Everybody for himself in G20 and IMF

G20 Finance Ministers and Central Bank Governors met in Washington on April 18. (G20 photographic library).

G20 Finance Ministers and Central Bank Governors met in Washington on April 18. (G20 photographic library).

The G20 meeting of this last weekend evolved in the shadow of the confrontation between the US Secretary of Treasury, Jack Lew and the German Federal minister of Finance Wolfgang Schäuble. Obviously the subject of this antithesis was the reluctance of Eurozone to apply the American recipe for economic growth. That is the issue of Eurobonds to support the countries in problems, let the ECB increase its refinancing to banks and extend the repayment period of sovereign debts. In short the American ‘advice’ to Europe was to overcome an over indebtedness problem with more debt. The target of this policy mix is to increase effective private and government demand for goods and services and through that to support the world economy. Presumably this will help the US and the developing economies grow faster.

From the European side the answer was equally straight forward and Dr Schäuble was not alone in expressing it. Nor secretary Lew was alone in asking. The German minister found strong support from Jörg Asmussen, Member of the Executive Board of the ECB while the Americans had on their side the developing countries and Japan. No need to say that Schäuble denied the American proposal and made clear to everybody not to expect the Eurozone to grow that fast as to support the rest of the planet.

In short the Europeans stated that their first target is the consolidation of public finance and the deleveraging (reduction of debt to income ratio) of the private and the government sector and only then increase spending to support growth. This means clearly that over the next years Eurozone’s growth will remain almost negligible and in any case the world should not expect anything more from the old continent.

The interesting thing is that this G20 meeting in Washington was concluded without the slightest hint about cooperation. All participants and more so the Americans and the Europeans didn’t back from the above described positions, without any visible hint for a possible compromise. This was a clear divergence from the so far evident efforts for cooperation. Seemingly the world economy has decisively overcome an imminent danger of a major crisis and the policy makers in the big economies think they have the luxury to start looking inwards, to fix their home problems first and then try to help others.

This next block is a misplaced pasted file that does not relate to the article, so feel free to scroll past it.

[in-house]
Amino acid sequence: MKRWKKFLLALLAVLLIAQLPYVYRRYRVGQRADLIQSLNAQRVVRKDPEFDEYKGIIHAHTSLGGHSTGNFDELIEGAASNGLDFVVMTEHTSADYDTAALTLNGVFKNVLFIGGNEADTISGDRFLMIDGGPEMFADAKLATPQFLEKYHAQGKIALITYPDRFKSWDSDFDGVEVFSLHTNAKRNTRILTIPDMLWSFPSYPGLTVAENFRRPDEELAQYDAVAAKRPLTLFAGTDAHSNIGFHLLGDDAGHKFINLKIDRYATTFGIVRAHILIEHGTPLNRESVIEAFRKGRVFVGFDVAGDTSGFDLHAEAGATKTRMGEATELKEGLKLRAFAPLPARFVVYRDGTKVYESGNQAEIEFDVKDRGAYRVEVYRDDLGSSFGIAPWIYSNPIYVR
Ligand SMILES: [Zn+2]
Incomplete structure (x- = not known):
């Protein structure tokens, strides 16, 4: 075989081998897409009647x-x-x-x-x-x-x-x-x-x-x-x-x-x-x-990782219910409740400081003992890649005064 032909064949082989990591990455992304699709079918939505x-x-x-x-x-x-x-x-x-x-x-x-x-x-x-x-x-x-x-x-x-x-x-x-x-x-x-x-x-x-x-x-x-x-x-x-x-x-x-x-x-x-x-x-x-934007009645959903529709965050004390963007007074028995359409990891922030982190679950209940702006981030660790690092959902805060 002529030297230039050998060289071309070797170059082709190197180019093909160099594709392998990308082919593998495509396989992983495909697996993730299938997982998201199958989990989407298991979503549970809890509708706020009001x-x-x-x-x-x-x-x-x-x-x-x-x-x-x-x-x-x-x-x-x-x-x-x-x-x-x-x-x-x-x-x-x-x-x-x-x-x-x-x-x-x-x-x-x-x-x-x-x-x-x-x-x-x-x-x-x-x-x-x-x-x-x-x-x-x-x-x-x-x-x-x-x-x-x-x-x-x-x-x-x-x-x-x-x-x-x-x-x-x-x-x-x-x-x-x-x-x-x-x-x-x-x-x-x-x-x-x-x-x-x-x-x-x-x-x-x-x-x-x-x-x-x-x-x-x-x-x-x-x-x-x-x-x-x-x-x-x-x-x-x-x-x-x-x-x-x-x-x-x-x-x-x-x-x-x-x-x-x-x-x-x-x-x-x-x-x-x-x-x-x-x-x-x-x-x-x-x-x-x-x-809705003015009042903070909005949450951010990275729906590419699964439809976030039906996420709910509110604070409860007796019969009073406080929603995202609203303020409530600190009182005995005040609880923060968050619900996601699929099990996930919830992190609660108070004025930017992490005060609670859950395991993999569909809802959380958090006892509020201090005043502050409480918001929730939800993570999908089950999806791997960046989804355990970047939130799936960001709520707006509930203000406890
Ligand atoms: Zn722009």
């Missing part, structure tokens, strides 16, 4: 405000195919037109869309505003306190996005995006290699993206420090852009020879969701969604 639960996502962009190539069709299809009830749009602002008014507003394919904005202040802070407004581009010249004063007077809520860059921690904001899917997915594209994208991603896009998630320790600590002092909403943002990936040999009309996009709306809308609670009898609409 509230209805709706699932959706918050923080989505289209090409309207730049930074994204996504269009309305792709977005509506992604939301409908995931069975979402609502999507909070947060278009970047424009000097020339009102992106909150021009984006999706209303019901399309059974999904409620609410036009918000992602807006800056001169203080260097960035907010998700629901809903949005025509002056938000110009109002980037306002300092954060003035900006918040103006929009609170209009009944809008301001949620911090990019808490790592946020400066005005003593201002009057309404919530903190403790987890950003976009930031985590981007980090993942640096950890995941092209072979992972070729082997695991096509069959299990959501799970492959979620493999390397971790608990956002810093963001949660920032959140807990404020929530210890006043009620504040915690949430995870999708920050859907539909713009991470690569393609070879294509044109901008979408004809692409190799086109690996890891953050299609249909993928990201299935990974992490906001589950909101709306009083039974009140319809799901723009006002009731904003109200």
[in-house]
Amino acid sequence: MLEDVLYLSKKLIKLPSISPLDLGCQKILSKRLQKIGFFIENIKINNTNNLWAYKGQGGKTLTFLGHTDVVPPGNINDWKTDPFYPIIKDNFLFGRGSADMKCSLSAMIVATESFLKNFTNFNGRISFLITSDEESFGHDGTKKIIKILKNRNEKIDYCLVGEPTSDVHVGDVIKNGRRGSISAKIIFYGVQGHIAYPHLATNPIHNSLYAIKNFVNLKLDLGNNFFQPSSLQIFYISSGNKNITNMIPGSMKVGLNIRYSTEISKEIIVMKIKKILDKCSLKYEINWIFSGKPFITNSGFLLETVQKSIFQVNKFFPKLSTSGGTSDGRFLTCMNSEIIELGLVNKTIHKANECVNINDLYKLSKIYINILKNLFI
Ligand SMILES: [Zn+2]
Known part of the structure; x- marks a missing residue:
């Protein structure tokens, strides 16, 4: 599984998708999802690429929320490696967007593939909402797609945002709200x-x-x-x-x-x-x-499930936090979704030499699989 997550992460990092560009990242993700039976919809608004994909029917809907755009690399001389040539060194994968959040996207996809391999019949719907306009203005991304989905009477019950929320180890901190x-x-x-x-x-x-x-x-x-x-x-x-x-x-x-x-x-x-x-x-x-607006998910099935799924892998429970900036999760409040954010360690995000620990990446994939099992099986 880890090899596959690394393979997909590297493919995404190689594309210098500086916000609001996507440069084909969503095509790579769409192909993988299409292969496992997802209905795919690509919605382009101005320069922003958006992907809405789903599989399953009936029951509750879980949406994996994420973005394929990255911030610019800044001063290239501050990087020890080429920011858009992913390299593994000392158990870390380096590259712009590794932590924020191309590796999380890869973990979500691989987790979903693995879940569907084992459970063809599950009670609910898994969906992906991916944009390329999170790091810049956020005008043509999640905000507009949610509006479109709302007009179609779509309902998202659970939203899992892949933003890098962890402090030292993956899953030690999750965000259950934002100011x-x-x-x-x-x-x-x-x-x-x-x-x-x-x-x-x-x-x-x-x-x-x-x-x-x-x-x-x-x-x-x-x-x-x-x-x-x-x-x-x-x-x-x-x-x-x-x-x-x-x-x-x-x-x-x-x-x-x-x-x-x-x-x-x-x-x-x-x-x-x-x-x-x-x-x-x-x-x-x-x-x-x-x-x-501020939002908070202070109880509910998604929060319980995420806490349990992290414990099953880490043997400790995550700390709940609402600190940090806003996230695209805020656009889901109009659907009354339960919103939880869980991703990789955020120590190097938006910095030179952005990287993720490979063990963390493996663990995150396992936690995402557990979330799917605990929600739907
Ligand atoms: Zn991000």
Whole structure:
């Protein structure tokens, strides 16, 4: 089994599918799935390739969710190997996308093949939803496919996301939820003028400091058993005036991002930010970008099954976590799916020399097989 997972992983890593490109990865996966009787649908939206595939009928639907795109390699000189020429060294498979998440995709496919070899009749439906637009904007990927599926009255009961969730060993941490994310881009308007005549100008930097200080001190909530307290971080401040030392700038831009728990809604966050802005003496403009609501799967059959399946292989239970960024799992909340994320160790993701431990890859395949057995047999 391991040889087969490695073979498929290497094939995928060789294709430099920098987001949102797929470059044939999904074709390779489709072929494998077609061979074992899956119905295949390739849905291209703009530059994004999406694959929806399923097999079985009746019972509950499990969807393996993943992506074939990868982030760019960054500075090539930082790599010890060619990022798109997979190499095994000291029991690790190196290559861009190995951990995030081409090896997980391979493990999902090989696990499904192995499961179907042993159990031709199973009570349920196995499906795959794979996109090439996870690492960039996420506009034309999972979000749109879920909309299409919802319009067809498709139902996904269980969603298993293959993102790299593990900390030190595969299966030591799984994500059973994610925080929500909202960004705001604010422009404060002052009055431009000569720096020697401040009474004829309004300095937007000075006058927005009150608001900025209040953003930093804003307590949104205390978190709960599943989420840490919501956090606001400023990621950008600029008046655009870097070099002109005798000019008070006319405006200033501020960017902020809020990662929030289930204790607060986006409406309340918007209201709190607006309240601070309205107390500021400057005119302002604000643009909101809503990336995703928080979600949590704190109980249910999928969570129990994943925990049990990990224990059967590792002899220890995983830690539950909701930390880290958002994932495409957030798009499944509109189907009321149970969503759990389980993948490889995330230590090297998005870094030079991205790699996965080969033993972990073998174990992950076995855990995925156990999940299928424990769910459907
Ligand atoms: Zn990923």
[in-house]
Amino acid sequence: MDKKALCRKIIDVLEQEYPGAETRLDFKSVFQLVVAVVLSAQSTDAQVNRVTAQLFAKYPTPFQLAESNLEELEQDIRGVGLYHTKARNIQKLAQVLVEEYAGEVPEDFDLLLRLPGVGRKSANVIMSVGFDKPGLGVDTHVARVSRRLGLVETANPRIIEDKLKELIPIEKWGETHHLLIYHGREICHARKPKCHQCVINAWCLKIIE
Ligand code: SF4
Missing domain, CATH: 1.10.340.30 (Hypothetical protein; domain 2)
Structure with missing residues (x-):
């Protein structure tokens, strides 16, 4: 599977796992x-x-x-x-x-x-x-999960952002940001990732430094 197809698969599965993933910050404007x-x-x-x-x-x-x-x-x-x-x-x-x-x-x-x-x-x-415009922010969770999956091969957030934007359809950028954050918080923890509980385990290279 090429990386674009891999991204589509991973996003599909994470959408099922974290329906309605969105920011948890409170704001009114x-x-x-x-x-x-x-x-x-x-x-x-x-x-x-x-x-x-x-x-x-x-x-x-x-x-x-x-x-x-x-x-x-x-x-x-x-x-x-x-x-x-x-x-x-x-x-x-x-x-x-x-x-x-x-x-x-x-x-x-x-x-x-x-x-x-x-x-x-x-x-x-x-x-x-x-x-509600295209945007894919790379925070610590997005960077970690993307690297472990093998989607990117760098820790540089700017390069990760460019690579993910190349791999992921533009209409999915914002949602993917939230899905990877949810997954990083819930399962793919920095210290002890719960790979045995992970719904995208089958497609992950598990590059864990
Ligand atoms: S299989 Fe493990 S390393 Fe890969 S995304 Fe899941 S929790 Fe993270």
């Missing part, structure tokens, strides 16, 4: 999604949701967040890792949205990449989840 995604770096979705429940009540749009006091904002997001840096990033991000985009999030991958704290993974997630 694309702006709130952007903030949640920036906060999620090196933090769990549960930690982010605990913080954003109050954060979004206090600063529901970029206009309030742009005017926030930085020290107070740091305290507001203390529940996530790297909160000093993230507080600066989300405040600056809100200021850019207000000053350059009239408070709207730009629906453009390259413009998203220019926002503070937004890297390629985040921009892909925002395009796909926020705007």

The IMF

The same atmosphere was evident also in the twenty-seventh meeting of the International Monetary and Financial Committee of the IMF, which took place also in Washington this weekend. The communique issued after the meeting starts with the observation “Policy actions have defused key short-term risks.” Given that the IMF was evidently closer to the US and the developing countries’ position and the text clearly put more pressure to Eurozone than elsewhere by saying, “ Growth in the euro area as a whole has yet to materialize. Continued progress in improving public finances is essential in most advanced economies. Where country circumstances allow, fiscal policies should avoid pro-cyclicality, focus on structural balances, and let automatic stabilizers operate fully to support growth”.

In short the IMF urges Germany (Where country circumstances allow) and indirectly the European Central Bank to do a lot more to help the entire Eurozone grow and through that support the US and developing economies’ efforts to accelerate. What pertained to Germany was dully answered by Schäuble. Then came the turn of Jörg Asmussen.